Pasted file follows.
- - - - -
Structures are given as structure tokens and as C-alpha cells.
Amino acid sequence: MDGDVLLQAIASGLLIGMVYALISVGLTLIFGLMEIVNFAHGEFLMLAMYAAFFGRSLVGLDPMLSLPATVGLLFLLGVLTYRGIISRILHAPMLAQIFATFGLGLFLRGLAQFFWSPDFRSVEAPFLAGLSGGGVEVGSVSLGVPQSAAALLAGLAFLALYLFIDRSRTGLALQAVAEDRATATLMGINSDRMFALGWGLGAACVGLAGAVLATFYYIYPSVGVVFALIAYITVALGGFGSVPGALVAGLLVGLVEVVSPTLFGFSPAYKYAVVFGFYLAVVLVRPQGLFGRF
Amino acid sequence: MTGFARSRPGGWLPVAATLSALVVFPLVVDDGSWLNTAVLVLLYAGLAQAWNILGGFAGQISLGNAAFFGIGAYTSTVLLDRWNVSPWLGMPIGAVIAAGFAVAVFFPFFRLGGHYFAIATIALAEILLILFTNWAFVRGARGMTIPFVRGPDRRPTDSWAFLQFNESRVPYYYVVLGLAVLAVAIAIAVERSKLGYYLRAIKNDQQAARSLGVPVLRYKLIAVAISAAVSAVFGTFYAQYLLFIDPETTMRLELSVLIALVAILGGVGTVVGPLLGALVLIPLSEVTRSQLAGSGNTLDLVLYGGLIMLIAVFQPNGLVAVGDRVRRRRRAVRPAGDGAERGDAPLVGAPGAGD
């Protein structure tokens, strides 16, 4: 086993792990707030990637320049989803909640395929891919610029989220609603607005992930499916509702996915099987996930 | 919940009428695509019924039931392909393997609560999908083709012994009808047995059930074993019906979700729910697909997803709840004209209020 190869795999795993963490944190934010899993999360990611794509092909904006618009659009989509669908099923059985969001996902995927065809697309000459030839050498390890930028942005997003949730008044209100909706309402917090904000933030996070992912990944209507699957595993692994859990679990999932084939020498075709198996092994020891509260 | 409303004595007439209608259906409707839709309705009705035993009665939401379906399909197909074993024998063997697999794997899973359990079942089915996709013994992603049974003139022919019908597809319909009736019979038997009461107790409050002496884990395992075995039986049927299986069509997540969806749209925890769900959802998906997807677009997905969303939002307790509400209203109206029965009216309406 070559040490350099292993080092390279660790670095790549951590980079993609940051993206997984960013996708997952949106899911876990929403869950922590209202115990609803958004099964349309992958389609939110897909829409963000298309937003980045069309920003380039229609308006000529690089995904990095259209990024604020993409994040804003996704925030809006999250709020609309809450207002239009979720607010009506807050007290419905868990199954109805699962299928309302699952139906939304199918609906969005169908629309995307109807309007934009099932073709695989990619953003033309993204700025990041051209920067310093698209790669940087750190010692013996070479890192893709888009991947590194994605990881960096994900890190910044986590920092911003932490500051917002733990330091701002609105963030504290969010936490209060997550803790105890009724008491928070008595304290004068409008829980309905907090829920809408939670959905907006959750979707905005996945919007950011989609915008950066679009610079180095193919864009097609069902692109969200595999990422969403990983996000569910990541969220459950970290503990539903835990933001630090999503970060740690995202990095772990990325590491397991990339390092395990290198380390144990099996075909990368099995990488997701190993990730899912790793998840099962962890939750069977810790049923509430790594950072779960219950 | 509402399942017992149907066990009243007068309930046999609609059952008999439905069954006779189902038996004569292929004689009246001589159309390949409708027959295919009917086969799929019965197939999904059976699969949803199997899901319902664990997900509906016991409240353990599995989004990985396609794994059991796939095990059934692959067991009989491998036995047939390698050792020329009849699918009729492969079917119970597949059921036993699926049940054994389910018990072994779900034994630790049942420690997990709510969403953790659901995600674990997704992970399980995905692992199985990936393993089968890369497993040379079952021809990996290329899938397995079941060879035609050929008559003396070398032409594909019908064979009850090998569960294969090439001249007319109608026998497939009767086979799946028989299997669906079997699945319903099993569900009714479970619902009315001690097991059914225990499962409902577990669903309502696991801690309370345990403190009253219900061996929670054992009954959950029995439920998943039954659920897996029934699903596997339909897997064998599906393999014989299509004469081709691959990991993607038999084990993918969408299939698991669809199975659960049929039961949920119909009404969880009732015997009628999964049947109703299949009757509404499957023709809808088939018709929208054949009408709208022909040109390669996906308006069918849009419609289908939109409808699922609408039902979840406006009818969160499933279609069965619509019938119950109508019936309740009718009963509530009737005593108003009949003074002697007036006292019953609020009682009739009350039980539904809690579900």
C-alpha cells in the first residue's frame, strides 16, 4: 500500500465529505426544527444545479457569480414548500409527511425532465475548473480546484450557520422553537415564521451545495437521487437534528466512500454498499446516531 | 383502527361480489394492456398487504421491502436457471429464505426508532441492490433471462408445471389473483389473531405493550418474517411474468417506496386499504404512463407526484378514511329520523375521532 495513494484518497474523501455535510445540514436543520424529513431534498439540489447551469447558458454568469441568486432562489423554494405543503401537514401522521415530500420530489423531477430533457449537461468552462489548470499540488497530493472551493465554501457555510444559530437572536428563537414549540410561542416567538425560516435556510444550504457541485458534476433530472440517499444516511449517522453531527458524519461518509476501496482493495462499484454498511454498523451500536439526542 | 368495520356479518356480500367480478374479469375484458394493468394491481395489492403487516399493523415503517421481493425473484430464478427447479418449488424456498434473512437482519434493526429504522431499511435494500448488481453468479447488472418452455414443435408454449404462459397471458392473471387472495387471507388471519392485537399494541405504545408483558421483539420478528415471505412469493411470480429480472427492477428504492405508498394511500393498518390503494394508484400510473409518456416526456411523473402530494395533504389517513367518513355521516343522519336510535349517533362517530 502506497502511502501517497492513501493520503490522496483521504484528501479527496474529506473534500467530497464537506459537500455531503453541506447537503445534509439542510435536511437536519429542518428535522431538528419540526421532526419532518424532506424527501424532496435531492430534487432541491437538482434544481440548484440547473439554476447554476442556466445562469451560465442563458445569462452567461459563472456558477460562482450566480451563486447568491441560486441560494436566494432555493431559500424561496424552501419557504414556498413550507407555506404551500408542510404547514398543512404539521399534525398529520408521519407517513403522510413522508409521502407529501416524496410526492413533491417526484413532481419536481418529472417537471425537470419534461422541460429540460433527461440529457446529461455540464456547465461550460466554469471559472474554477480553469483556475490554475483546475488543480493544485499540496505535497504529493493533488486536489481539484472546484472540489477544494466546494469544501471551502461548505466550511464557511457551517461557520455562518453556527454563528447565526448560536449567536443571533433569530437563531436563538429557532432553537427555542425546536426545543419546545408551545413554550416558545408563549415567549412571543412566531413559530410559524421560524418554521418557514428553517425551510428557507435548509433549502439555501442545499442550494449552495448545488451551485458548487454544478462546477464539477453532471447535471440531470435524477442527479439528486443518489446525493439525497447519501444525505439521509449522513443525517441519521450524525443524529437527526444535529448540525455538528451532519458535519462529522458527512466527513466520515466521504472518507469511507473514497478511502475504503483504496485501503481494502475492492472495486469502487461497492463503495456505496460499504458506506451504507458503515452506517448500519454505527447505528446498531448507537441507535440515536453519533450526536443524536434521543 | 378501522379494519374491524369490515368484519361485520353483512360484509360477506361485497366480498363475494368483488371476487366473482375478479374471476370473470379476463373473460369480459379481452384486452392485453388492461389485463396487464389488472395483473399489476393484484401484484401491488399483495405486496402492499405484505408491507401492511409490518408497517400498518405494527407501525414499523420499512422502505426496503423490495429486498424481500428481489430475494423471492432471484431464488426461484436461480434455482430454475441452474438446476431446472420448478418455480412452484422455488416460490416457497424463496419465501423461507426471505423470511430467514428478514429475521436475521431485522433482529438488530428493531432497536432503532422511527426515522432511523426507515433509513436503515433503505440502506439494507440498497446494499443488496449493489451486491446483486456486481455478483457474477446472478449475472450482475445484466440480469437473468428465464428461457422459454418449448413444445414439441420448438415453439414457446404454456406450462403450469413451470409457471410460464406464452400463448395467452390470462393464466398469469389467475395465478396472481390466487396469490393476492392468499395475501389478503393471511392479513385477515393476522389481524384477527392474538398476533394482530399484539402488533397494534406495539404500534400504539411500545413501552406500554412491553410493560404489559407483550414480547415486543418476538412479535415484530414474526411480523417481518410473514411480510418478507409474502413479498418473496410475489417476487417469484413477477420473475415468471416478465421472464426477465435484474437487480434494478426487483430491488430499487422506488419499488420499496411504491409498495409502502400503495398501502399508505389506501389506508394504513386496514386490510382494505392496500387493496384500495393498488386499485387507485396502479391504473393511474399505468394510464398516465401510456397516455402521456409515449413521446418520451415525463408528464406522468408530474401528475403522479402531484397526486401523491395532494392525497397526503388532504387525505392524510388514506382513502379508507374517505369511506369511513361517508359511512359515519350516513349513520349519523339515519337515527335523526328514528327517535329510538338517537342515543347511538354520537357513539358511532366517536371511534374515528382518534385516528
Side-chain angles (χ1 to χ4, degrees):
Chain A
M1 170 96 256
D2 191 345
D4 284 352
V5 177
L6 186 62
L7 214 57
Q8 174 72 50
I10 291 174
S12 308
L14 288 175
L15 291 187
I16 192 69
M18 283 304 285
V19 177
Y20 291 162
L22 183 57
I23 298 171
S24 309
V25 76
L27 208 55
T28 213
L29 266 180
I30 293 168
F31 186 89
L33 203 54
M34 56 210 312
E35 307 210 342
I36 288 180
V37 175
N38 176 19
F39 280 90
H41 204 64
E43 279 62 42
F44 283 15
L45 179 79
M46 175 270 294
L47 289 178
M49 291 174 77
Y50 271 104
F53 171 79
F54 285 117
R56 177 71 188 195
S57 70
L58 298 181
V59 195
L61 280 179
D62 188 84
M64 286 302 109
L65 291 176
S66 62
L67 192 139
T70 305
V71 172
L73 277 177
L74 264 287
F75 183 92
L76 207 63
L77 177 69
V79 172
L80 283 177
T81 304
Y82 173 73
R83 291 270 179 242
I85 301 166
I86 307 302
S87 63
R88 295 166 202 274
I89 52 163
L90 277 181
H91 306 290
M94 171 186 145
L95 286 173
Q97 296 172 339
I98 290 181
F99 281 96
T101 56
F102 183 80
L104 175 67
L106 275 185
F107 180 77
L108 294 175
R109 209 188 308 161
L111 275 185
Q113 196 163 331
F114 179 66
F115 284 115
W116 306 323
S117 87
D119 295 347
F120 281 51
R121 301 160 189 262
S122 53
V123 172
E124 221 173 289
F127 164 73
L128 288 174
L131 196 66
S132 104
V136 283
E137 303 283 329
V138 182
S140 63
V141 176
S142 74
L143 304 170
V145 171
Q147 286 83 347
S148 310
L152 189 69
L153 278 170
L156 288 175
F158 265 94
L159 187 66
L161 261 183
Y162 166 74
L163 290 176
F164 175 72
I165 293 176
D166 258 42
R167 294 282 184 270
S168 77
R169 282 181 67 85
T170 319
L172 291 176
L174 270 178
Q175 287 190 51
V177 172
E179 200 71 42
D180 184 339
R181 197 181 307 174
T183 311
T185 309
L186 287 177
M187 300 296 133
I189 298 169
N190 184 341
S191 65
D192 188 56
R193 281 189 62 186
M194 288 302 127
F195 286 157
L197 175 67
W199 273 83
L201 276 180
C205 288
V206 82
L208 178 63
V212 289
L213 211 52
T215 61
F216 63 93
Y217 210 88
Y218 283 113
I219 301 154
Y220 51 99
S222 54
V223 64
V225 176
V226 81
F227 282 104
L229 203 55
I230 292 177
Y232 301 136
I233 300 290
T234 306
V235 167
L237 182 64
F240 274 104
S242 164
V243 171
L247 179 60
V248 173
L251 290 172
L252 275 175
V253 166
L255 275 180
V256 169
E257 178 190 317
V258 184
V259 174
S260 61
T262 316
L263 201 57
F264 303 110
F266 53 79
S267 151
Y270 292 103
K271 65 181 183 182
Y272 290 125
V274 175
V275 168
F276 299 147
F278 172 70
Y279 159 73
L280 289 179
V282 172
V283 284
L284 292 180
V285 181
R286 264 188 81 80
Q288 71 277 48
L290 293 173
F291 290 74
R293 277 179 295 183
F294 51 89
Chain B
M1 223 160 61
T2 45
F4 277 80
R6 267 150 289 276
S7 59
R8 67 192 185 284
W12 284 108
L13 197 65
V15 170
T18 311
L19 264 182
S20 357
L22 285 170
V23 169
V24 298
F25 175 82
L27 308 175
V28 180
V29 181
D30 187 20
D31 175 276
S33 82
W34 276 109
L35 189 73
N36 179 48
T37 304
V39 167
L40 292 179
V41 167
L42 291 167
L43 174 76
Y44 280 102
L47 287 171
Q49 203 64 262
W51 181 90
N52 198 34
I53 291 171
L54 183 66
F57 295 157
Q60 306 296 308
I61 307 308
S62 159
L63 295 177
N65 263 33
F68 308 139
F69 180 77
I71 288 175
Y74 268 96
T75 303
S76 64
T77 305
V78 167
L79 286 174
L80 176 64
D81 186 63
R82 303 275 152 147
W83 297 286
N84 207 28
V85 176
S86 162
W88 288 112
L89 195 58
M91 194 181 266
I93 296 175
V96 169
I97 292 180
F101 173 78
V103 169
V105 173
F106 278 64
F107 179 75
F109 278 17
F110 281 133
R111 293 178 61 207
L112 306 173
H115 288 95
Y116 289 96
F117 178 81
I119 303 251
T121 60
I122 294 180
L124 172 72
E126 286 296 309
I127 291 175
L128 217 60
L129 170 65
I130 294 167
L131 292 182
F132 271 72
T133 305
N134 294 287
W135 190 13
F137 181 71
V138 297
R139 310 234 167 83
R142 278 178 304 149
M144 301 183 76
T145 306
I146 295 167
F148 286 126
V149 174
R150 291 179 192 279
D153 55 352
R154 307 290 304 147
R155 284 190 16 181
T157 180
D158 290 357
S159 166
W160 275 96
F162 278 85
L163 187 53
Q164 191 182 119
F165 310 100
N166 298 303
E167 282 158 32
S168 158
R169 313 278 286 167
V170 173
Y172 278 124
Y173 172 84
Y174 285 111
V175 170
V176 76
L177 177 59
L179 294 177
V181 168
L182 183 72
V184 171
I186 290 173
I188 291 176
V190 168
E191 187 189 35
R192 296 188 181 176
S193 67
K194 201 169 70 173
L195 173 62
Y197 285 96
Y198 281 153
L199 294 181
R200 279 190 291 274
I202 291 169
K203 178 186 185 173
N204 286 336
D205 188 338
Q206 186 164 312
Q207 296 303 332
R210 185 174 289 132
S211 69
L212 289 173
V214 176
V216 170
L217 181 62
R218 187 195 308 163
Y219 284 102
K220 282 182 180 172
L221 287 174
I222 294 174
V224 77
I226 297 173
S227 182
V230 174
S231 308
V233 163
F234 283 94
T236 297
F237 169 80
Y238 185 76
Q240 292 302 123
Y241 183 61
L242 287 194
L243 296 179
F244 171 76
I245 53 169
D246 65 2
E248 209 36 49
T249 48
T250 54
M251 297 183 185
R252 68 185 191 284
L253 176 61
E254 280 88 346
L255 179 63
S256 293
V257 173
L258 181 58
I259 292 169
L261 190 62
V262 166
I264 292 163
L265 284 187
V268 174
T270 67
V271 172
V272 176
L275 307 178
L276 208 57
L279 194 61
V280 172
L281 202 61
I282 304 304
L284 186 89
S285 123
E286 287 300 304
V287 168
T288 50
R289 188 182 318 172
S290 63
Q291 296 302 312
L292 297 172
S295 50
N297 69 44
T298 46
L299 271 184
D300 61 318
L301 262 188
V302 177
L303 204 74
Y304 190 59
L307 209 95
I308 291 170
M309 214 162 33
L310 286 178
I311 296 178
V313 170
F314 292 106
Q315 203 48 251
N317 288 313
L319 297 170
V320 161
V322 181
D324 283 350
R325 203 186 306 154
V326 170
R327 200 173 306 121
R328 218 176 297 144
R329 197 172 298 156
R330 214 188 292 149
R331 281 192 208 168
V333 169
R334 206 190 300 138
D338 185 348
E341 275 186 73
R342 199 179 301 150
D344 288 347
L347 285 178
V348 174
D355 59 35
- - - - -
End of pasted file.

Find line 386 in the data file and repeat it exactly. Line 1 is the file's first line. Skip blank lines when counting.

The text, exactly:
I245 53 169